Right now, this plugin contains a small utility class (useful for debugging and testing), and also a GUI extension that launches a PyCrust window at application launch.
The chandler.debug.util module contains a small example of the observer pattern, useful for doctests and debugging. Here’s an example of how it works. Let’s say we have the following component:
>>> from peak.events import trellis >>> class MyComponent(trellis.Component): ... value = trellis.attr(0) ... ... @trellis.maintain(initially=0) ... def max_value(self): ... return max(self.value, self.max_value) ... >>> comp = MyComponent()
Then, we can use a Viewer to print out a message whenever some value changes:
>>> from chandler.debug.util import Viewer >>> viewer = Viewer(component=comp, cell_name='max_value') max_value changed to: 0 >>> comp.value = -3 >>> comp.value = 12 max_value changed to: 12
This plugin also launches a PyCrust window at application startup. Later, it’ll put things on the Tools menu. (When there is a Tools menu, and a main window to put it in!)
The way this works is that an entry point is registered in setup.py, viz:
[chandler.launch.wxui] PyCrust = chandler.debug.py_crust:LaunchPyCrust
Thereby registering an implementation for the chandler.launch.wxui hook, which runs after Twisted and wx are initialized, but before the general application startup hooks.
(Note that we are currently abusing chandler.launch.wxui to do this, until there is an application-specific wx/ui startup hook that runs after general application startup.)
The chandler-debug script that’s installed by this plugin can be used to specify extensions on the command line, that will be loaded at application start. Your extension should take a single argument, which will be a ChandlerApplication instance. You can use this to access the debugger (as seen in the next section).
As for what to do with the application object in your function, see the next section...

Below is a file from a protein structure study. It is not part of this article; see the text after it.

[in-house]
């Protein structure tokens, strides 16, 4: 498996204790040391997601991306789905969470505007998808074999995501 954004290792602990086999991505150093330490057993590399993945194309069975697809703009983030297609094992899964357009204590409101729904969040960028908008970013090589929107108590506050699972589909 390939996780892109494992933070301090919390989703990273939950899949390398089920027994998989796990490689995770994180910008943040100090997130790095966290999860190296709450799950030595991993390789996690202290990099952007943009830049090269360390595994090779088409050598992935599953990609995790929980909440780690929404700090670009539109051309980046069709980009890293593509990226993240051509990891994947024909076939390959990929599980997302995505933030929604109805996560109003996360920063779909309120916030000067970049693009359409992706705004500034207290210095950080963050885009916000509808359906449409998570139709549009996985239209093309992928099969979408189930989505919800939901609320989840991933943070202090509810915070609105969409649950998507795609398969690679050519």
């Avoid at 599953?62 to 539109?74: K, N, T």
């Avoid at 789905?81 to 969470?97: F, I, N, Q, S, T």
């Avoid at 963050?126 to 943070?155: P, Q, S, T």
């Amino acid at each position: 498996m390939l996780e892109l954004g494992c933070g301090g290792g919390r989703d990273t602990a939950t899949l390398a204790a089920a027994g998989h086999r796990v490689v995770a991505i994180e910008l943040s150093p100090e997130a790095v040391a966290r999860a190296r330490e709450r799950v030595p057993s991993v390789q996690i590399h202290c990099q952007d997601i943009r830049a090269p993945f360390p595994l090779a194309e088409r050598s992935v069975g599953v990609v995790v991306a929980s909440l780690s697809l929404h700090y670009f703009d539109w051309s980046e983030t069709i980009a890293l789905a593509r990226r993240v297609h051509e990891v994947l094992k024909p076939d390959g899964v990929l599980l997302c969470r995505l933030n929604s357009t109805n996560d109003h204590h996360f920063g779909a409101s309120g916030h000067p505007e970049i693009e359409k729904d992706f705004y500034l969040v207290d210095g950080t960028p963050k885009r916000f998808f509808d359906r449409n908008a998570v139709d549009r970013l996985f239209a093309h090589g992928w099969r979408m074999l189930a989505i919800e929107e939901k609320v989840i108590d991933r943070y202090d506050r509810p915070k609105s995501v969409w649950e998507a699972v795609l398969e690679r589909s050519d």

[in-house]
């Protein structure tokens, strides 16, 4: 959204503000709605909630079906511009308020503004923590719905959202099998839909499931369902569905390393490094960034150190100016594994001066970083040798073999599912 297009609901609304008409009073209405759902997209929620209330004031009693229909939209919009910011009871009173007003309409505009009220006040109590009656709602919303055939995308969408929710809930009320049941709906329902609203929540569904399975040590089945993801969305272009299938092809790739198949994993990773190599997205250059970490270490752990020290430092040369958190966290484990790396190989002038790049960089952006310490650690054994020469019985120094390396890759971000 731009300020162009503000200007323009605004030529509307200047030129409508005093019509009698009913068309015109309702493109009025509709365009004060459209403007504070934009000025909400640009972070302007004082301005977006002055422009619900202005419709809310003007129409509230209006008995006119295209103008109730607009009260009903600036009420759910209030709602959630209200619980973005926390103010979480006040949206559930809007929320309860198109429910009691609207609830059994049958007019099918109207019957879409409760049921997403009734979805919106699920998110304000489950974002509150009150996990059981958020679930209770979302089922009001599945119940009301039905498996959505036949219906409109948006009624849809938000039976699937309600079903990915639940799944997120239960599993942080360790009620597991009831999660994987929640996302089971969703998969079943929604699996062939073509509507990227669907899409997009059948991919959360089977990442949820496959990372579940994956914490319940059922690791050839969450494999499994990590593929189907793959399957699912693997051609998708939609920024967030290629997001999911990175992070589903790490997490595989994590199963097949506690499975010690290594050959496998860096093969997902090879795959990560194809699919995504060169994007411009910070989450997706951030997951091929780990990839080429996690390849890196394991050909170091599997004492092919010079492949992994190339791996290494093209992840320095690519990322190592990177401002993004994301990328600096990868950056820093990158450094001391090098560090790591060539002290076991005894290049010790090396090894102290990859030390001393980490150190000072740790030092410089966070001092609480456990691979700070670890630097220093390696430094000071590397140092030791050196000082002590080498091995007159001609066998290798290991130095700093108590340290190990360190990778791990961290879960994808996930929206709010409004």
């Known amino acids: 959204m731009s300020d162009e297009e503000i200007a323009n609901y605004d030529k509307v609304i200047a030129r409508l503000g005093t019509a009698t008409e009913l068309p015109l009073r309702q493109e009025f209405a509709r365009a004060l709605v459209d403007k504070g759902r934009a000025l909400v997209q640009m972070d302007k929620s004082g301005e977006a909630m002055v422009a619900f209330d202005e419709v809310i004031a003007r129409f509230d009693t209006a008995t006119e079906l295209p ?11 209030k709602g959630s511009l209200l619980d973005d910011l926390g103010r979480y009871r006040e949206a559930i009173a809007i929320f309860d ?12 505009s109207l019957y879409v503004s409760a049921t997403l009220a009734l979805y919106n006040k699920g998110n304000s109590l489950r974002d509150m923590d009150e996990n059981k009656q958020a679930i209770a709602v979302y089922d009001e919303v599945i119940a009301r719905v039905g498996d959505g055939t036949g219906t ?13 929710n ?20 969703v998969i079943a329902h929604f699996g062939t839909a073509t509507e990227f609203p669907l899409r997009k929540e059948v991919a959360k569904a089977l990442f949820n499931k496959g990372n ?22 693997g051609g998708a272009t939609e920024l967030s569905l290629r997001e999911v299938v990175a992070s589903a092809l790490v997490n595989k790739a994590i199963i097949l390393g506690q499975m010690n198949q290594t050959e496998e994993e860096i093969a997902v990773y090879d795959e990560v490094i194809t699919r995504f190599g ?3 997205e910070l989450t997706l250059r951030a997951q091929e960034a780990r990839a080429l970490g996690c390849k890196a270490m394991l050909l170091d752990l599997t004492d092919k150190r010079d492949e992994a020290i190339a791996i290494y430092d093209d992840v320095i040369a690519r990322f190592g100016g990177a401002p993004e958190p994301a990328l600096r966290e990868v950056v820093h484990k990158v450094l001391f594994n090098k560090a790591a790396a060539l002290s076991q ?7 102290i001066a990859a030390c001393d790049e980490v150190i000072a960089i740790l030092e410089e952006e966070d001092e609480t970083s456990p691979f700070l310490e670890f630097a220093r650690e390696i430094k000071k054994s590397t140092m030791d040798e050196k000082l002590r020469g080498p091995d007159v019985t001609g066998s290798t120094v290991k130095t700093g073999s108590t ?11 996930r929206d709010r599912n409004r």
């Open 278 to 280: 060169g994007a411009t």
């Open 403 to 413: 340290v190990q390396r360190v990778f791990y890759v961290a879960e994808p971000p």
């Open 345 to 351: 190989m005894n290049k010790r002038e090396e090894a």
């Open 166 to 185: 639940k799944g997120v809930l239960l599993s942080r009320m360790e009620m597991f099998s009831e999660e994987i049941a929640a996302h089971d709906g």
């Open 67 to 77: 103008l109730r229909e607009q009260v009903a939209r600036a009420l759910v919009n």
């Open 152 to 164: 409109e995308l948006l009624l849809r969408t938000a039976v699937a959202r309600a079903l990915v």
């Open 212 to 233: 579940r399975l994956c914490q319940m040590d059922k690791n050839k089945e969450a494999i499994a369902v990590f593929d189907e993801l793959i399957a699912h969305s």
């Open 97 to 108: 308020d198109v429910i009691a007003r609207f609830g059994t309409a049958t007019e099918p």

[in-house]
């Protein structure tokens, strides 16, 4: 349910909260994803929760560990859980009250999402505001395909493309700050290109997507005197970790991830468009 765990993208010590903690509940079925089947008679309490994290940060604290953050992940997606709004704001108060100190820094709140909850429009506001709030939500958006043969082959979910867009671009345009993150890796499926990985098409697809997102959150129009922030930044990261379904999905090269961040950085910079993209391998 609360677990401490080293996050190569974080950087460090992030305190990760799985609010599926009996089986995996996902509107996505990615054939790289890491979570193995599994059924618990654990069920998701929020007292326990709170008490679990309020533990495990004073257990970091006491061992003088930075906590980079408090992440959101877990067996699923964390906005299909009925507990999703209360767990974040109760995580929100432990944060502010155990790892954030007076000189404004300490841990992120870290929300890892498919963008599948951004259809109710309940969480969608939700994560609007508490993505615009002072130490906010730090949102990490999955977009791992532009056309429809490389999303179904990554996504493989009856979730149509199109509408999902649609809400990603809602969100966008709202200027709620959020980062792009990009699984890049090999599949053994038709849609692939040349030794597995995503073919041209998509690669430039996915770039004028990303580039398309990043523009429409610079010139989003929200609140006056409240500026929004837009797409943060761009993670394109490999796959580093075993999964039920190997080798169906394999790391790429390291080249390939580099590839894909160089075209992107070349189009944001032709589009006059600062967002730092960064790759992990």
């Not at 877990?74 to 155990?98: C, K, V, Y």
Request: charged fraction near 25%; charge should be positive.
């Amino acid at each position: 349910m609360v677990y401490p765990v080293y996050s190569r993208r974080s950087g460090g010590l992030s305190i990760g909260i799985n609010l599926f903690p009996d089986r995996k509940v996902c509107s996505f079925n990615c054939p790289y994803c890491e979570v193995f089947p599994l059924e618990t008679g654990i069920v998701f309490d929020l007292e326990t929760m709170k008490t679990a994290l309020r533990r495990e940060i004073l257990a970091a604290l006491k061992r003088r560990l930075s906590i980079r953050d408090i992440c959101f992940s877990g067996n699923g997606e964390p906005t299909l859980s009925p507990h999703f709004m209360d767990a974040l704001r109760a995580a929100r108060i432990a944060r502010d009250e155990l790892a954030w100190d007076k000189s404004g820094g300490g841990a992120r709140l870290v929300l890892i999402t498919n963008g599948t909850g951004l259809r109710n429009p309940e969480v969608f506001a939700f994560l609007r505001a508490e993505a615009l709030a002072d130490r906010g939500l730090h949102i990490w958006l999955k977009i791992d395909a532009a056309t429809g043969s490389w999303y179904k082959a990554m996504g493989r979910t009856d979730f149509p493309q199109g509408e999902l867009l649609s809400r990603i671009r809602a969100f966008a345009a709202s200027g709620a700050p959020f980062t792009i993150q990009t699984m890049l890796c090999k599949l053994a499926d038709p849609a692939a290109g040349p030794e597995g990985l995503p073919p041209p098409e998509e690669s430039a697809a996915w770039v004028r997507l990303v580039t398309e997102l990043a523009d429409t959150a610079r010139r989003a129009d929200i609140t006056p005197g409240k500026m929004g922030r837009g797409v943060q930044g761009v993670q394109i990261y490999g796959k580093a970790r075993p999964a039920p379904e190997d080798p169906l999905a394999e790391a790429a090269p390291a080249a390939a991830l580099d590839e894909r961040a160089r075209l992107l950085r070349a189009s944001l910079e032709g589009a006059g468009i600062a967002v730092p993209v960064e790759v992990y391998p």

There is also now a Debugger class, that you can use to make variables available to the PyCrust window (or in future, the “headless” tool):
>>> from chandler.debug import Debugger >>> from chandler.runtime import Application >>> app = Application() >>> dbg = Debugger(app) >>> sorted(dbg.variables.keys()) # default variables ['app', 'chandler', 'peak', 'wx'] >>> dbg.variables['app'] is app # 'app' is whatever the debugger wraps True >>> dbg.variables['demo'] = 42 # we can add stuff >>> dbg.variables['demo'] 42
The Debugger is an “add-on” class, which means that no matter how many times you call Debugger(app) you will get the same instance each time (as long as you pass in the same app, of course).
Thus, you can write a startup hook like this:
def MyHook(app): frame = wx.Frame(...) # set it up, add controls, show it, etc. Debugger(app).variables['my_frame'] = frame
Then, you can either run it with chandler-debug some.module:MyHook, or you can register it in your setup.py like this:
[chandler.launch.wxui] My Hook = some.module:MyHook
Then it will be started whenever a chandler.runtime-based application starts, and the frame will be accessible as the ‘my_frame’ local variable in the PyCrust window.